With an understanding of your preferred marketing agency characteristics, you can begin to develop a list of potential companies to source candidates from.  Use services such as and AgencySpotter to identify the agencies with the most relevant attributes in the metropolitan areas you are seeking to hire.

abstract illustration of business man with laptop sitting atop resume on blue background

Education Degree Matches

For entry-level roles identify the local schools with marketing, design, or data science programs

For entry level positions in graphic design, data science, or content marketing, local universities are the obvious place to source.  Much of this year’s graduating class will start their search with companies that are local to the campus’s geographic area.  Review the landscape of local universities and colleges to understand the different specializations, degree programs, and job placement services that each offers for the various skill sets you are seeking:

  • Marketing – Which schools offer undergraduate business programs with a specialization in marketing? These could be great sources for entry-level marketing generalists or summer interns to add to your demand generation teams.
  • Graphic Design – Are there nearby colleges that offer fine arts programs or technical institutions with a focus in graphic design? These could be great sources for entry-level candidates or semester-long co-ops for the creative team.
  • Data Science – Which universities offer degrees in analytics, data science, and machine learning? These could be great sources for entry-level marketing operations analysts.

With an understanding of the specializations of various educational institutions, you can begin to develop a list of potential schools to source candidates from.  Use services to identify the colleges and universities with the relevant degree programs within 100-mile radius of your office locations.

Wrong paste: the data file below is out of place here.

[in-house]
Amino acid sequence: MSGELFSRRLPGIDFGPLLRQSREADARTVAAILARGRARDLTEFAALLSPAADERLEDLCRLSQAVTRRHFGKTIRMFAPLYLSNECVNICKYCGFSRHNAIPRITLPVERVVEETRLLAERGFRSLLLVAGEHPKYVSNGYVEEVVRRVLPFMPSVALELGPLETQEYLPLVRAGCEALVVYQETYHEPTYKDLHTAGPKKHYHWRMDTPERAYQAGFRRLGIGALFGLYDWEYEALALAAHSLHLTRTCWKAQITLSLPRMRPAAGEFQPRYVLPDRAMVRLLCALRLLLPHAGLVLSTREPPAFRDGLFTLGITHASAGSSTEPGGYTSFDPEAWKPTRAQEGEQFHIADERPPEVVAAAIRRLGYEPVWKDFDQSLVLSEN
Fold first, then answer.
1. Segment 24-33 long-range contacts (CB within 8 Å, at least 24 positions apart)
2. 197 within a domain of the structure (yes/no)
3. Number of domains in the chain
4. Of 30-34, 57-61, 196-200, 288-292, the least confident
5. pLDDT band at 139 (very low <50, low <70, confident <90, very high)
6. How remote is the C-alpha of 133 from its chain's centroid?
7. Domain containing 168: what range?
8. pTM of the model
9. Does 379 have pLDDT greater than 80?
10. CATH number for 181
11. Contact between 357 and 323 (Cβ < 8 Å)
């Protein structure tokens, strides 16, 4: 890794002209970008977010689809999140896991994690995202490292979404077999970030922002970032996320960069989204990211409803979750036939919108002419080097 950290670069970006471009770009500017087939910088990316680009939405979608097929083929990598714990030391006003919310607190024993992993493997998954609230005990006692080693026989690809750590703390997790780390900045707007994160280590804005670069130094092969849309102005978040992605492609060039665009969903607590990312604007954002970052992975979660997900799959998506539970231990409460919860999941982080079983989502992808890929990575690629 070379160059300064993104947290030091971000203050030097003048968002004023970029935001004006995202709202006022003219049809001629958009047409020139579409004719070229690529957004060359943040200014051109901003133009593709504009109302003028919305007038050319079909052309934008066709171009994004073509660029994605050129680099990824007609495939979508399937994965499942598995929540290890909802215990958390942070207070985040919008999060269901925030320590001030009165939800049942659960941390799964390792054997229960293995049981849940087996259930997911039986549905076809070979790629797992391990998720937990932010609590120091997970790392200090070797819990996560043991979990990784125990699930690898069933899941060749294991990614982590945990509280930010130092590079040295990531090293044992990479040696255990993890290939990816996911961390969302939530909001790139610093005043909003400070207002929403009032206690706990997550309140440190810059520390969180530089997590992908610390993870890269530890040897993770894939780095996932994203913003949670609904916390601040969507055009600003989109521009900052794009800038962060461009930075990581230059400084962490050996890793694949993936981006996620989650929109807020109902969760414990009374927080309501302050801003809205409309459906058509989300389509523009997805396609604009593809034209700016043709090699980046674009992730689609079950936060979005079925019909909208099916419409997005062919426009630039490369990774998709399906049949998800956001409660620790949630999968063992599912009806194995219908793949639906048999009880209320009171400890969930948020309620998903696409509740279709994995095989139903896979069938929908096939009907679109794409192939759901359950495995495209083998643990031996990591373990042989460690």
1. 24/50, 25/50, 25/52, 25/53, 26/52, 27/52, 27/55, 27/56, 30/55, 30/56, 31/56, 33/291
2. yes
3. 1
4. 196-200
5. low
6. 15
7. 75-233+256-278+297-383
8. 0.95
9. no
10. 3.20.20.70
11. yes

Firmographic Matches

For management roles, identify companies with similar firmographics – revenue range, funding round, ownership structures

For Marketing Leadership roles, many CMOs prefer to hire managers who have “been there and done that.”  They want Directors and VPs with experience growing a company at a similar scale and size.  These individuals not only bring prior experience scaling a marketing program, but they are more likely to be a culture fit.  Ideally, you want to hire marketing leaders from companies with similar firmographic traits:

  • Topline Revenue – What revenue range are you playing in today? Are you under $50M and trying to capture market share as quickly as possible?  Or are you over $500M seeking steady, predictable double-digit growth year-over-year?
  • Funding Round – How much capital have you raised? Do you need early-stage leaders who have experience starting marketing programs from the ground up the Seed or Series A round?  Or do you need managers who have scaled organizations through later stages of funding and IPOs?
  • Employee Count – How big is your organization? Do you need leaders accustomed to working in a small company with less than 100 employees?  Or someone who can work across a team of 1000 or more, distributed across multiple countries?
  • Ownership – Who are the investors? Do you need someone experienced with venture capital or private equity backed organizations?  Or do you need leaders who have worked at public companies and understand regulations such as Sarbanes Oxley?

With an understanding of the target firmographics for your marketing leadership team you can begin to develop a list of potential companies to source candidates from.  Use services such as ZoomInfo, Pitchbook or Crunchbase to identify the companies with similar firmographic characteristics to your organization in the metropolitan areas you are seeking to hire.

Geographic Matches

For management roles, identify companies with similar firmographics – revenue range, funding round, ownership structures

If you need talent to be 1) in the office full-time, 2) part-time in a hybrid model, or 3) close by to minimize travel expenses when you have meetings, then you will want to build a geographic dimension to your talent graph.  Map out the organizations in your region that will be the best places to poach:

  • Headquarters – Who are the SaaS, cloud, and other technology providers with headquarters offices in your geographic region?
  • Satellite Offices – Do tech mega-vendors like Meta, Alphabet, or Amazon have a footprint in your target regions?  What about competitors or vendors in adjacent markets?
  • High Growth – Who are the fastest-growing startups (or scaleups) that everyone wants to work for?  These are likely honeypots for talent.